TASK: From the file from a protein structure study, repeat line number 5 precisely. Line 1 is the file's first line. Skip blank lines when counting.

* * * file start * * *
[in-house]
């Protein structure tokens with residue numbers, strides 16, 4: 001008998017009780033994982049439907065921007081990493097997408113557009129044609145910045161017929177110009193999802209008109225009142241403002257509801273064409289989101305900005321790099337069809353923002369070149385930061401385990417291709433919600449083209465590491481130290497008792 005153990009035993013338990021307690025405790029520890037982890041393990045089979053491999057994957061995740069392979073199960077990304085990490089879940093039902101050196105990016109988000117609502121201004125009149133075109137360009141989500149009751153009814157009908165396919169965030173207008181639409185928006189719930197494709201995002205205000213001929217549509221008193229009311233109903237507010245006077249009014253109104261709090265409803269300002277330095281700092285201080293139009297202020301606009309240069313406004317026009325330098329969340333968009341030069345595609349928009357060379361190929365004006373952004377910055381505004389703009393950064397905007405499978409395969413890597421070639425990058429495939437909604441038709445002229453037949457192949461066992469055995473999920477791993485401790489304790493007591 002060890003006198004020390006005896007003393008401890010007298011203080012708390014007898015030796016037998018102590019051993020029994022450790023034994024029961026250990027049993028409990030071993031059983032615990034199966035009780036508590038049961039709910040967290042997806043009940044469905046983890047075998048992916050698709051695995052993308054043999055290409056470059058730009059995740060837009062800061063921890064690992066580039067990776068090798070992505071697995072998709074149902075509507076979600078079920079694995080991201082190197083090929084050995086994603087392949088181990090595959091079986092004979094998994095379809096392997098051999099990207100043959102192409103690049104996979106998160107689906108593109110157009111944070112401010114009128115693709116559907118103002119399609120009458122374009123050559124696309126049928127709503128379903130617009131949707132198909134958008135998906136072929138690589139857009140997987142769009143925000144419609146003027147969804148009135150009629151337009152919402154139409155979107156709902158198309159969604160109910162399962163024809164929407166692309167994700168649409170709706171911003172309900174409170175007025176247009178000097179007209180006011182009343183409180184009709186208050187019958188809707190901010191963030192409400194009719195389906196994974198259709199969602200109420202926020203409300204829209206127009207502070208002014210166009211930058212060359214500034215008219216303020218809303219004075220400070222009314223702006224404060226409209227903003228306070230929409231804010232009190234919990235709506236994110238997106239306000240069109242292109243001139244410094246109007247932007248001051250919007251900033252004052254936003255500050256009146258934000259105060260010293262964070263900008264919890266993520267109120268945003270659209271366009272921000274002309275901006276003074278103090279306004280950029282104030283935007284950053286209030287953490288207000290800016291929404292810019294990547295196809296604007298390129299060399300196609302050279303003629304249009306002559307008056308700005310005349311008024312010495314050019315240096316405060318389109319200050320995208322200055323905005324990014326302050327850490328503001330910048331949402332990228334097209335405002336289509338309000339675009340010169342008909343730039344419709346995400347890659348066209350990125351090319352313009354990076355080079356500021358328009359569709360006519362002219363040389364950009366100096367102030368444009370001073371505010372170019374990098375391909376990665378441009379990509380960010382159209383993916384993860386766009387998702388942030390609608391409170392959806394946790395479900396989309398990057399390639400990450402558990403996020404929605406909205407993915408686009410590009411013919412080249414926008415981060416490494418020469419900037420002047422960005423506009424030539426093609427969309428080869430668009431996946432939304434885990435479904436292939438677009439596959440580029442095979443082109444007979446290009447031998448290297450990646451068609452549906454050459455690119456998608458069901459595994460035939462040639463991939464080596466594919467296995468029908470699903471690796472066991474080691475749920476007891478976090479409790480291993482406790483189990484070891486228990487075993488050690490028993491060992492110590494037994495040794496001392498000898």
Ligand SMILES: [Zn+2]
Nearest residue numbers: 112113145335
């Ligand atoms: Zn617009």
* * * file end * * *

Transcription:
């Ligand atoms: Zn617009």